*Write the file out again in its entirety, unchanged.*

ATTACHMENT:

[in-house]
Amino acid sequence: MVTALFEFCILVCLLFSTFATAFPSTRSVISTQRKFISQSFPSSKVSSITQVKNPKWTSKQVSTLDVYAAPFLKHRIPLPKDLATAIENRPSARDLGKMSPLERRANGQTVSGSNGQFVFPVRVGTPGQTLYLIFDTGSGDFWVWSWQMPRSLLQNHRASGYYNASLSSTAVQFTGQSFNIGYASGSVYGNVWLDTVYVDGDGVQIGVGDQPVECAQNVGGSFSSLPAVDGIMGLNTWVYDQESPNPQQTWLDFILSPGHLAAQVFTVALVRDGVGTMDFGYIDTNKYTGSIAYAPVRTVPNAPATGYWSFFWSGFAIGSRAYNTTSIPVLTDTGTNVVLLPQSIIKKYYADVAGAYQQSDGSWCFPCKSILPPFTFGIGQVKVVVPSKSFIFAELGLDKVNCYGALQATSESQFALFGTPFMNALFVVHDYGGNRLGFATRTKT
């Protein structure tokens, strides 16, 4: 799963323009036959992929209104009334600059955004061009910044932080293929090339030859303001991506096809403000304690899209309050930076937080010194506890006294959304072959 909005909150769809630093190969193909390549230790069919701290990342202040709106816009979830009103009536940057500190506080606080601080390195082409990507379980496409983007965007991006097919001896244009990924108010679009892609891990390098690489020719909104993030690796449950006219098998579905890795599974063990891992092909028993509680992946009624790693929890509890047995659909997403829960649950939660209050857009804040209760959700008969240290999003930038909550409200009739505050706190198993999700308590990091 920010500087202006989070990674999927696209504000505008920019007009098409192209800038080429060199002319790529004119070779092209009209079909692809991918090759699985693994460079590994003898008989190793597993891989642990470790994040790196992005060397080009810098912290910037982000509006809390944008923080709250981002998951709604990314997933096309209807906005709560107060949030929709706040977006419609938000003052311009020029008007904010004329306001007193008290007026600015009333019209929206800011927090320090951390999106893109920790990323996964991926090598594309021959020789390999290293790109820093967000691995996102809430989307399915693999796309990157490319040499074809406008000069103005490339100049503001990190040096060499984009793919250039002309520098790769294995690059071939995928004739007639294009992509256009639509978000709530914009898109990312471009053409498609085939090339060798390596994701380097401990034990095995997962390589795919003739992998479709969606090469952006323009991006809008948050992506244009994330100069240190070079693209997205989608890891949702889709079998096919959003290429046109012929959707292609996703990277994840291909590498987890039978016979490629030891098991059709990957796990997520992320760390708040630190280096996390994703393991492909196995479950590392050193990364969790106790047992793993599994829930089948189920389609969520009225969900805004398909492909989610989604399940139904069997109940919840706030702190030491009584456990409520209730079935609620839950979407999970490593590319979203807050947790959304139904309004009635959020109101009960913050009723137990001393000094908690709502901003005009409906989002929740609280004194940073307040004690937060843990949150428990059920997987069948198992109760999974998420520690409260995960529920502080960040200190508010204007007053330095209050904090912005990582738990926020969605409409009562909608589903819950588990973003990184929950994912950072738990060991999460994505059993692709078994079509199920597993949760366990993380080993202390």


[in-house]
Amino acid sequence: MVTALFEFCILVCLLFSTFATAFPSTRSVISTQRKFISQSFPSSKVSSITQVKNPKWTSKQVSTLDVYAAPFLKHRIPLPKDLATAIENRPSARDLGKMSPLERRANGQTVSGSNGQFVFPVRVGTPGQTLYLIFDTGSGDFWVWSWQMPRSLLQNHRASGYYNASLSSTAVQFTGQSFNIGYASGSVYGNVWLDTVYVDGDGVQIGVGDQPVECAQNVGGSFSSLPAVDGIMGLNTWVYDQESPNPQQTWLDFILSPGHLAAQVFTVALVRDGVGTMDFGYIDTNKYTGSIAYAPVRTVPNAPATGYWSFFWSGFAIGSRAYNTTSIPVLTDTGTNVVLLPQSIIKKYYADVAGAYQQSDGSWCFPCKSILPPFTFGIGQVKVVVPSKSFIFAELGLDKVNCYGALQATSESQFALFGTPFMNALFVVHDYGGNRLGFATRTKT
């Protein structure tokens, strides 16, 4: 799963323009036959992929209104009334600059955004061009910044932080293929090339030859303001991506096809403000304690899209309050930076937080010194506890006294959304072959 909005909150769809630093190969193909390549230790069919701290990342202040709106816009979830009103009536940057500190506080606080601080390195082409990507379980496409983007965007991006097919001896244009990924108010679009892609891990390098690489020719909104993030690796449950006219098998579905890795599974063990891992092909028993509680992946009624790693929890509890047995659909997403829960649950939660209050857009804040209760959700008969240290999003930038909550409200009739505050706190198993999700308590990091 920010500087202006989070990674999927696209504000505008920019007009098409192209800038080429060199002319790529004119070779092209009209079909692809991918090759699985693994460079590994003898008989190793597993891989642990470790994040790196992005060397080009810098912290910037982000509006809390944008923080709250981002998951709604990314997933096309209807906005709560107060949030929709706040977006419609938000003052311009020029008007904010004329306001007193008290007026600015009333019209929206800011927090320090951390999106893109920790990323996964991926090598594309021959020789390999290293790109820093967000691995996102809430989307399915693999796309990157490319040499074809406008000069103005490339100049503001990190040096060499984009793919250039002309520098790769294995690059071939995928004739007639294009992509256009639509978000709530914009898109990312471009053409498609085939090339060798390596994701380097401990034990095995997962390589795919003739992998479709969606090469952006323009991006809008948050992506244009994330100069240190070079693209997205989608890891949702889709079998096919959003290429046109012929959707292609996703990277994840291909590498987890039978016979490629030891098991059709990957796990997520992320760390708040630190280096996390994703393991492909196995479950590392050193990364969790106790047992793993599994829930089948189920389609969520009225969900805004398909492909989610989604399940139904069997109940919840706030702190030491009584456990409520209730079935609620839950979407999970490593590319979203807050947790959304139904309004009635959020109101009960913050009723137990001393000094908690709502901003005009409906989002929740609280004194940073307040004690937060843990949150428990059920997987069948198992109760999974998420520690409260995960529920502080960040200190508010204007007053330095209050904090912005990582738990926020969605409409009562909608589903819950588990973003990184929950994912950072738990060991999460994505059993692709078994079509199920597993949760366990993380080993202390």